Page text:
Background on the two authors of this article: Ken Griffith is currently researching the Neolithic Era and its implications for biblical chronology. Darrell K. White has extensively researched the ancient chroniclers and found consistency with biblical chronology. He and Ken are now converting that research into a book called The Chronological Framework of Ancient History.

Article “Candidate site for Noah’s Ark, altar, and tomb” in the latest edition of the Journal of Creation, Volume 35, issue 3, 2021.

a figure estimated locations of urartu
Karaca Dag lies very near the centre of the Prepottery Neolithic A (PPNA) culture sites and the wild ranges of the eight Neolithic founder crops. To this, we can add the first viticulture and the first domestication of dogs and pigs. The evidence that virtually every aspect of farming began on or near Karaca Dag strongly suggests this is the most likely Ark landing site.

While researching a Babel candidate site near Diyarbakir, Turkey, on 3 October 2019, they found a complex of sites on the mountain Karaca Dag that, upon further examination, seem to match the description of the landing site of Noah’s Ark, along with a tomb, possible altar, and much more. The tomb is a 60-m-square, rough stone mastaba, oriented to the winter solstice sunrise, with two extensions that make it into roughly a 160-m-long boat shape. The site is marked by six or more geoglyphs, situated along an arc 5 km distant on the northwest side of the mountain. The possible remains of the Ark appear to have had a modern school built on them, now collapsed.

We would expect to find the landing site of the Ark near the centre of the oldest post-diluvial distribution of humans and domesticated plants. The site presented in this paper lies upon a mountain between the Tigris and Euphrates Rivers at the centre of the Pre‑Pottery Neolithic A (PPNA) Culture.

This mountain, Karaca Dag, is where the genetic ancestor of all domesticated Einkorn wheat was found by the Max Planck Institute. The other seven founder crops of the Neolithic Revolution all have this mountain near the centre of their wild range. This was so exciting that even the LA Times remarked how unusual it is that all of the early agriculture crops appear to have been domesticated in the same location:

“The researchers reported that the wheat was first cultivated near the Karacadag Mountains in southeastern Turkey, where chickpeas and bitter vetch also originated. Bread wheat—the most valuable single crop in the modern world—grapes and olives were domesticated nearby, as were sheep, pigs, goats and cattle.”

If this site is what we suspect it to be, then the Ark itself has long ago rotted away, leaving nothing but a long patch of gravel ballast and perhaps some broken pottery. Coordinates: 37°42’45.76″N 39°49’57.68″E Upon the gravel patch a school for shepherd children was built in 1928, now collapsed.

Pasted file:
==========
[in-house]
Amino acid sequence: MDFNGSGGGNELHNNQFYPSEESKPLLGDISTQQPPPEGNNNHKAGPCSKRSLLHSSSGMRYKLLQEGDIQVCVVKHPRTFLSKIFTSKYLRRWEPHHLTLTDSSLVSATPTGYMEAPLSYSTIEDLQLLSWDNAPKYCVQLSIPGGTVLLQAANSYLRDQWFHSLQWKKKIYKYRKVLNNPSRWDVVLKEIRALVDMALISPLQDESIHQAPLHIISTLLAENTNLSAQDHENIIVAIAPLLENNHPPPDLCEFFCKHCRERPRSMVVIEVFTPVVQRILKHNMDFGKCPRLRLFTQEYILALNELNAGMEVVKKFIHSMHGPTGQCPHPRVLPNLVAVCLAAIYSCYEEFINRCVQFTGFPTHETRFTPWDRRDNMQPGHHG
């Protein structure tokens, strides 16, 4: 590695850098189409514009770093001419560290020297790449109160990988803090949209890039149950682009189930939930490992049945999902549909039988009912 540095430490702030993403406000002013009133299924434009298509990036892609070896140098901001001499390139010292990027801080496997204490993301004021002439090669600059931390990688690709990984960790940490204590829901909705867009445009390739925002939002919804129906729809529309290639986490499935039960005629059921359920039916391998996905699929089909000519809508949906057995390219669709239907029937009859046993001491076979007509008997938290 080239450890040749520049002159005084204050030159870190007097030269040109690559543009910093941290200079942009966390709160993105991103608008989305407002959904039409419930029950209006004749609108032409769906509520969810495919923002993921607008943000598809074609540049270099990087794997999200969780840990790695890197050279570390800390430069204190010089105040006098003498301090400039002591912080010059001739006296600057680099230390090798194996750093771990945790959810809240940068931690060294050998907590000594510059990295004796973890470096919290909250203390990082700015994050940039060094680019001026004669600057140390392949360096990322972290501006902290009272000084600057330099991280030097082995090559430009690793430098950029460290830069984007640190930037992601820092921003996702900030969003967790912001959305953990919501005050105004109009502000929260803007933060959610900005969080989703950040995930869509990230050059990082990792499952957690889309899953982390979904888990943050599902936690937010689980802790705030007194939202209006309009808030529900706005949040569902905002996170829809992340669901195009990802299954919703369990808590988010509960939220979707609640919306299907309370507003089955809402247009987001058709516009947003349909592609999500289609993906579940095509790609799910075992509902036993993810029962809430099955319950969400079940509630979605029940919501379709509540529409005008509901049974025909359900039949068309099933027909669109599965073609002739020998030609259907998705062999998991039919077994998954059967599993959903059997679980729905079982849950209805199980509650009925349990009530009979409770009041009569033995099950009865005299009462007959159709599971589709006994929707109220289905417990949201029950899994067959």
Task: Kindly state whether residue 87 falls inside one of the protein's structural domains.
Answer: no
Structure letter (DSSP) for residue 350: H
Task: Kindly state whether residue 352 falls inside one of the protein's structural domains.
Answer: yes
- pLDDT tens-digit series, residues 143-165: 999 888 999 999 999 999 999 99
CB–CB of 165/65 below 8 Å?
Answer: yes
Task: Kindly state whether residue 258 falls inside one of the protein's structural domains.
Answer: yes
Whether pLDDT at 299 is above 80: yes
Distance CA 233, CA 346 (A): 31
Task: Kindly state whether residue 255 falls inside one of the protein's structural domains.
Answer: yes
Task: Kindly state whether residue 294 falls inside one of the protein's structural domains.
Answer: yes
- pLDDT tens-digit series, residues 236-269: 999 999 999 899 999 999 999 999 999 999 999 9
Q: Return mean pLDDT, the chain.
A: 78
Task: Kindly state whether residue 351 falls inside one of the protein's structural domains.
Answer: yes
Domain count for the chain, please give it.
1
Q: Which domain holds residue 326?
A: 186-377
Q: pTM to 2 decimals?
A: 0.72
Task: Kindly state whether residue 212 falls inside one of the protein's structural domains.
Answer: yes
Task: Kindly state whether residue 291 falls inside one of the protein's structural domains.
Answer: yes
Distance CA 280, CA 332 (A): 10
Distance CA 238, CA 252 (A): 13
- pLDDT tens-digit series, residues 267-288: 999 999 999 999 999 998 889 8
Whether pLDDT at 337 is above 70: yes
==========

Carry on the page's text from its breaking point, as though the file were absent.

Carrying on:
The adjacent stone tomb appears unscathed. Further away on the slopes of the mountain several geoglyphs mark the site. Two of them appear to contain writing in an unknown script.

In addition to the geoglyphs, there is evidence of ancient human habitation, farming, roads, and terraces on both ends of the mountain, 10 km north and south of the tomb and Ark site.

We will also review evidence that the site was desecrated in ancient times, making us less surprised to see recent desecrations.


Ark searchers have claimed to find petrified wood or a frozen, intact wooden structure above the permanent snowline. Unless it landed at an elevation above 3,000 m, we expect any wood to have rotted away long ago.

Low-value imperishable materials might survive. Considering that the Ark carried a large cargo of relatively low-density foodstuff such as hay, it seems likely that it would have required ballast to ride low enough in the water. Any ballast is likely to still be there in the footprint of the vessel. We would expect to find a foreign patch of gravel, sand, or stones.

Food stores in the Ark must have been placed in rodent-resistant vessels. Therefore, we should expect to find fragments of broken vessels.

Noah built an altar nearby. Earth and stone are the only known materials for an altar for animal sacrifice (Exodus 20:24–25). The altar should have survived in some form unless it was destroyed by religious vandalism.

Extrabiblical sources inform us that Noah was buried on top of the mountain near the Ark. St Ephraim lived in both Amida (Diyarbakir) and Edessa (Sanliurfa), adjacent to Karaca Dag. He said that Noah’s tomb was near the Ark site. Hippolytus recorded the tradition that Noah brought the bones of the pre-Flood patriarchs in the Ark and reburied them after the Flood.

Other probable criteria:

  • Region of ‘RRT’ (Urartu, Ararat, Aratta)
  • Mashu or Masis (names of Ararat in Sumer and Armenia)
  • Villages on the mountain top
  • East-west axis to the site of the Tower of Babel (Genesis 11)
  • Nearby tombs of Noah and/or Pre-Flood Patriarchs

Finding the right mountain

We analyzed the traditions of the church fathers, Midrash, Book of Jubilees, and other historical sources for the Ark, with gratitude to Bill Crouse who did an excellent job compiling those sources in order to justify Mt Judi as the Ark site. For this comparison, we used the following pairings of Ark and Babel sites: Ararat-Babylon, Durupinar-Babylon, Judi-Tel Brak, Karacadag-Çinar. Table 1 compares proposed Ark sites using these criteria. For each of 35 claimed facts, one point was awarded for a strong positive, one-half point for a weak positive, and zero points for a negative.

a table comparison of claimed facts
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